Presidential envoy Robert S. Strauss proposed to Egypt and Israel today that they put aside their argument over a formal agenda for the West Bank autonomy talks and order their negotiators to begin work immediately on specific arrangements for election of Palestinian councils within a year.

Strauss, participating for the first time in the five-week-old talks among Egypt, Israel and the United States, said his proposal marked a new American activism in this phase of Middle East peace efforts. He acknowledged that he was looking for progress on 'limited specific issues" to get the talks moving.

The Strauss proposal represents a request to Egypt to drop its insistence on a joint declaration of principles about Palestinian rights as the opening item in the negotiations, which grew out of the Camp David framework for Middle East peace agreements and the Egyptian-Israeli peace treaty.

"It is in the record," Strauss said of the Egyptians' proposed 17-point declaration. Israeli negotiators told Strauss earlier this week in Jerusalem that they reject the proposal point by point. "It could be addressed at another time," Strauss said, adding that there would be "a time and forum for each one of the issues" raised by Egypt and Israel "to go forward."

In the baseball imagery that Strauss has used himself, President Carter's special peace negotiator appeared to be trying for something between a sacrifice bunt and a single in his first turn at bat.

"It is the first half of the first inning and a long way to the seventh-inning stretch," Strauss had told reporters in cautioning them against placing high expectations in his first Middle East trip "to get a feel for these fellows, and to find areas of accord."

Since leaving Washington on Saturday, Strauss has been conducting bilateral meetings with Israeli officials, including Prime Minister Menachem Begin in Jerusalem and then with President Anwar Sadat and other egyptian officials in Alexandria and Cairo. He will meet King Hussein in Jordan and King Khalid in Saudi Arabia before returning to Washington this weekend.

Today's format negotiating session got under way in a banquet hall in a downtown Alexandria hotel shortly before noon. Seated at a circular table decked with miniature flags of the three nations, three delegations greeted each other warmly.

Egyptain Prime Minister Mustafa Khalil and Israeli Interior Minister Josef Burg, heads of their respective delegations, both praised "the new impetus" Strauss' arrival could give the talks, which have made no substantive progress until now.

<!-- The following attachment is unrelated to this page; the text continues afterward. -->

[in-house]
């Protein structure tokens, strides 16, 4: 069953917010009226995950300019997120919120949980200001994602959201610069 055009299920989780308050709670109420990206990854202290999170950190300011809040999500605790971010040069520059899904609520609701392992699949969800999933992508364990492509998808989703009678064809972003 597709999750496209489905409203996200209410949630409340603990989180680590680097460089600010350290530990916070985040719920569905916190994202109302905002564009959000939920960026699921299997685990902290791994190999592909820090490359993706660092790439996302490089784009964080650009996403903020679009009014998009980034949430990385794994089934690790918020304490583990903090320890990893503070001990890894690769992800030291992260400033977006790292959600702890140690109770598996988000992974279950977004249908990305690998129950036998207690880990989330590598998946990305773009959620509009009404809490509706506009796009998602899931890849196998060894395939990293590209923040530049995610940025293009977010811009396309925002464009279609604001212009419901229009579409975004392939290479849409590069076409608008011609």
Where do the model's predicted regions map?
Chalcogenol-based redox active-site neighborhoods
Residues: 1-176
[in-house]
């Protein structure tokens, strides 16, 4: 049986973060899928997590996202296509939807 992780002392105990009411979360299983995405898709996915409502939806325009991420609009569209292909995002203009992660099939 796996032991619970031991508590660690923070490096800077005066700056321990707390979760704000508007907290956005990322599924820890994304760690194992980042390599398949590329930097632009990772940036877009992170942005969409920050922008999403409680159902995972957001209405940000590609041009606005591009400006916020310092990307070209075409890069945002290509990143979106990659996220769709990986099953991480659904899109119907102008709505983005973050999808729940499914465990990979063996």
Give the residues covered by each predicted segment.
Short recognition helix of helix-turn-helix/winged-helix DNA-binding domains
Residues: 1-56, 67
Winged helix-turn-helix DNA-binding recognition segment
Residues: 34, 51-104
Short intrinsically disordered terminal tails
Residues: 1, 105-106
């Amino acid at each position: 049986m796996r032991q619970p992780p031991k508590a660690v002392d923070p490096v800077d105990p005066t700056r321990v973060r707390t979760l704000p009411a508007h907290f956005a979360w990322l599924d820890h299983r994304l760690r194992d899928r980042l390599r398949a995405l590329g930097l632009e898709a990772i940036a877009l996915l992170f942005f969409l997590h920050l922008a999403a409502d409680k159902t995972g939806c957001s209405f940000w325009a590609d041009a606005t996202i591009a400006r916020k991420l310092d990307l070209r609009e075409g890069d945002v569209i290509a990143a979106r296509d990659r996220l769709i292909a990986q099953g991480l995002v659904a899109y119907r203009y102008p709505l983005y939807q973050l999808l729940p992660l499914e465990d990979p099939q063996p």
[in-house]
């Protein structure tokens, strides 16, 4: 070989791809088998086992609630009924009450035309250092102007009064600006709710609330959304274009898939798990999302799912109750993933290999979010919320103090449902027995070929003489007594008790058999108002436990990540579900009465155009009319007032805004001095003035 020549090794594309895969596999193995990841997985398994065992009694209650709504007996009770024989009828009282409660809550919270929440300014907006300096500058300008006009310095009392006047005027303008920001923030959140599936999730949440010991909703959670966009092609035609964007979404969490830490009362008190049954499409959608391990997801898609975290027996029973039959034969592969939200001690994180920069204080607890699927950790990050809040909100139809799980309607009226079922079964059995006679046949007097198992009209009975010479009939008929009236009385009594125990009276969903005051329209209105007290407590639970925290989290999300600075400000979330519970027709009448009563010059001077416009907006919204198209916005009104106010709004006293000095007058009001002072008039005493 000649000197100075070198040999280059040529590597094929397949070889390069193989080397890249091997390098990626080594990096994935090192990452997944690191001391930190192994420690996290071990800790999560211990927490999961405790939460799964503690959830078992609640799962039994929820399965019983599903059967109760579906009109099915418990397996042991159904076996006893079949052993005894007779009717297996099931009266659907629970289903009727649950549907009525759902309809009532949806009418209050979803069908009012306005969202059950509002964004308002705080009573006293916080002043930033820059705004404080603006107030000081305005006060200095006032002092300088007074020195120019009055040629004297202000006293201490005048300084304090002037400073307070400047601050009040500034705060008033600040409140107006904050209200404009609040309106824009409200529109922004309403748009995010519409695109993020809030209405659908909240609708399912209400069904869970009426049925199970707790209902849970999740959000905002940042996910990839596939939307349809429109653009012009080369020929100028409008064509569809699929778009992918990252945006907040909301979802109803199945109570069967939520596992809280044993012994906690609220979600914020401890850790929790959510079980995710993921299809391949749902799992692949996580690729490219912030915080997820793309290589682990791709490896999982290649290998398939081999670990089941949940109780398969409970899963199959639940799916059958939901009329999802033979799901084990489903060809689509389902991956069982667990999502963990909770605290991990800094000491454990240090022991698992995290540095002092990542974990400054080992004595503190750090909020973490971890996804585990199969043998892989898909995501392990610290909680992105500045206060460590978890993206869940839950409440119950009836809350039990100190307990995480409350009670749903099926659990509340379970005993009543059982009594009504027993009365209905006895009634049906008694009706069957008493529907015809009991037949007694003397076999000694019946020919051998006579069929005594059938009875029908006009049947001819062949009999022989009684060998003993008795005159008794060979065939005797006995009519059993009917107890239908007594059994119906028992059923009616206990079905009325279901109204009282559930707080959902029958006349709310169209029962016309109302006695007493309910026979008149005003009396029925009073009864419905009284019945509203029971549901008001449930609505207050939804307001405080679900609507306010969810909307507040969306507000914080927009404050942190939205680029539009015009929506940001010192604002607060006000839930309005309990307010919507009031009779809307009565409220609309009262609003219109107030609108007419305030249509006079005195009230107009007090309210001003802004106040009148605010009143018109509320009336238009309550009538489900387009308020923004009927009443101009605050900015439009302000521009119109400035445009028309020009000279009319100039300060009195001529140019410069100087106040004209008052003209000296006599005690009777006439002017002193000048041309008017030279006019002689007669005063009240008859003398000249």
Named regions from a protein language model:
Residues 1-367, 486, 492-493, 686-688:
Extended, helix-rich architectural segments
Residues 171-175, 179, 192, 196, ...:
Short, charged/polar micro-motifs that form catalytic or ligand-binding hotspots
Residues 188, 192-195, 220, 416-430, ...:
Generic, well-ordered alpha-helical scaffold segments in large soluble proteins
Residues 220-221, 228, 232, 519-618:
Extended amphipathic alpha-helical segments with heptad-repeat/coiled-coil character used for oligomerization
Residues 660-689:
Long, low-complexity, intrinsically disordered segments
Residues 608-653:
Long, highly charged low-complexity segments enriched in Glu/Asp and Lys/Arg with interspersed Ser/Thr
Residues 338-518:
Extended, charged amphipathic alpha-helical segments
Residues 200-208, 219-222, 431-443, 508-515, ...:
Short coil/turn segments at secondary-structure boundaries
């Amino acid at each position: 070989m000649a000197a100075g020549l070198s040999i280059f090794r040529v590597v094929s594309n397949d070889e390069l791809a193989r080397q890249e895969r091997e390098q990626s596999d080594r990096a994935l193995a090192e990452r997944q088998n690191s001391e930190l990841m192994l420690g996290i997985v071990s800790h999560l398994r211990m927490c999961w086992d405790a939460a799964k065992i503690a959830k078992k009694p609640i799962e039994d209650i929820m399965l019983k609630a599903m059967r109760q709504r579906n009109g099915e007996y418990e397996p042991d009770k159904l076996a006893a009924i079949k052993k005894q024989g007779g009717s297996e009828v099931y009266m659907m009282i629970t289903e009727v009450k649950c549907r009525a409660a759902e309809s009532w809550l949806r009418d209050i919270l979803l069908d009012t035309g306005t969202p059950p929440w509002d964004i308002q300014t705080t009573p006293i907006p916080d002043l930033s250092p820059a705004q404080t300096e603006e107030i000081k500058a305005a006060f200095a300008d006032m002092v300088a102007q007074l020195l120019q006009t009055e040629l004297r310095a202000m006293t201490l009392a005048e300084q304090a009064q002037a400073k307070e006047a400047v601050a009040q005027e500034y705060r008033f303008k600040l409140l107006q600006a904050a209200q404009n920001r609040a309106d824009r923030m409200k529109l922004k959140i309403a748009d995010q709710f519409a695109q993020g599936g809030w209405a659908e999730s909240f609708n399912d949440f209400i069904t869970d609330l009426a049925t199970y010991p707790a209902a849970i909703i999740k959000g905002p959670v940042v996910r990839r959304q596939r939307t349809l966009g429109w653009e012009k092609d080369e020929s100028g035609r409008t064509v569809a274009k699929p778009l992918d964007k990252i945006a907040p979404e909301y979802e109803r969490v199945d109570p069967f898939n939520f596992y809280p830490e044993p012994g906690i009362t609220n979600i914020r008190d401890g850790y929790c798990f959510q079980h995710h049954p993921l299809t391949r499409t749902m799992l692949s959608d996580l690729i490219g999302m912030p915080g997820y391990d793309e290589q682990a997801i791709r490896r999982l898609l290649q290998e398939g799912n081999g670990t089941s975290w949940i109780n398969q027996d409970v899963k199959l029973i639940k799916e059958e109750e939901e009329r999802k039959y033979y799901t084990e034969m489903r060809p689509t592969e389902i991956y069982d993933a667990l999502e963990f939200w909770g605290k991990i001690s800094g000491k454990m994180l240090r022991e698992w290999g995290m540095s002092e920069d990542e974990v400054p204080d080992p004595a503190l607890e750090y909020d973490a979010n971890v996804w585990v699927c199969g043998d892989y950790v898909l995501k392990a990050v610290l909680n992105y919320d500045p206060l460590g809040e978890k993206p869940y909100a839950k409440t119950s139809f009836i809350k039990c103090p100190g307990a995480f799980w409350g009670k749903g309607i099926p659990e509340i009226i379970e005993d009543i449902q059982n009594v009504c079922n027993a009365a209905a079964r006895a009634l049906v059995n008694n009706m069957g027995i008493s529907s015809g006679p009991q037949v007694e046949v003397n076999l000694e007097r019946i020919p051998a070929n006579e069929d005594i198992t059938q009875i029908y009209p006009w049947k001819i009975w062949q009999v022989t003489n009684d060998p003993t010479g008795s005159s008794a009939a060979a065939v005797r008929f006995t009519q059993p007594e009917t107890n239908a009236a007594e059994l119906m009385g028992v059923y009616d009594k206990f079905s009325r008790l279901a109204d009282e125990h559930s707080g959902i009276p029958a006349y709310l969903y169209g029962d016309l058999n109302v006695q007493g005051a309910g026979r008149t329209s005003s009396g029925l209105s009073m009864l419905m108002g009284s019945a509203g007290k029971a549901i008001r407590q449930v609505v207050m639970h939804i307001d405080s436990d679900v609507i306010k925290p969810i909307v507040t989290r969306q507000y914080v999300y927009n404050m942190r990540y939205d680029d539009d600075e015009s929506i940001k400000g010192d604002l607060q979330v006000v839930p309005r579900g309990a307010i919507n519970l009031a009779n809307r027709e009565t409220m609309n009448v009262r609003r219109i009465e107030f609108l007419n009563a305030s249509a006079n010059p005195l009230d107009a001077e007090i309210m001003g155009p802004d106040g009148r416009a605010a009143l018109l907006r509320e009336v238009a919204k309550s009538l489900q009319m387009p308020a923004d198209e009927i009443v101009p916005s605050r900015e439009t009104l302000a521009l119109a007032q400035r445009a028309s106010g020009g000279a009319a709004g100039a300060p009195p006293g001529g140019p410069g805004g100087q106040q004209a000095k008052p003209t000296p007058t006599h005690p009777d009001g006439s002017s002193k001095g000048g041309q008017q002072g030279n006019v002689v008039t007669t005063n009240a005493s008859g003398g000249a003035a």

As described by Strauss to reporters before the morning session began, his proposal called for the setting up of working groups to consider "the modalities of electing self-governing authorities" on the West Bank and in the Gaza Strip "and the rights, powers and duties of the authorities."

Egyptain sources said after the second session ended around 8 p. m. that Khalil had countered with a suggestion that four working groups, including one that would discuss a declaration of principles, be established. This round of the negotiations in scheduled to conclude Friday.

Strauss and Sadat indicated after their meeting Tuesday evening that they hoped progress here would eventually convince West Bank Palestinians to join the negotiations which have been attacked by many Palestinian mayors, the Palestine Liberation Organization, Jordan's King Hussein and other Arab leaders.

Questioned after his talk with Strauss, Sadat agreed with a reporter's characterization of October as "a psychological deadline" for some significant progress. Sadat urged the United States to open a dialogue immediately with the PLO.

Although Strauss has repeatedly said he would not meet with PLO members, other U.S. sources have indicated in Washington that an intense effort at getting private talks going with the Palestinians known to be sympathetic with the PLO is under way as a parallel to Strauss' highly visible public negotiating effort.

Oct. 6 will be the sixth anniversary of the Yom Kippur war that triggered the U.S. peace initiatives and led to Camp David and the treaty between Egypt and Israel. Sadat referred to October again in a speech to about 1,000 students yesterday near here when he said that part of the $1.5 billion worth of new arms the Carter administration has agreed to provide Egypt will be on display in a military parade then. CAPTION: Picture, ROBERT S. STRAUSS . . . modest expectations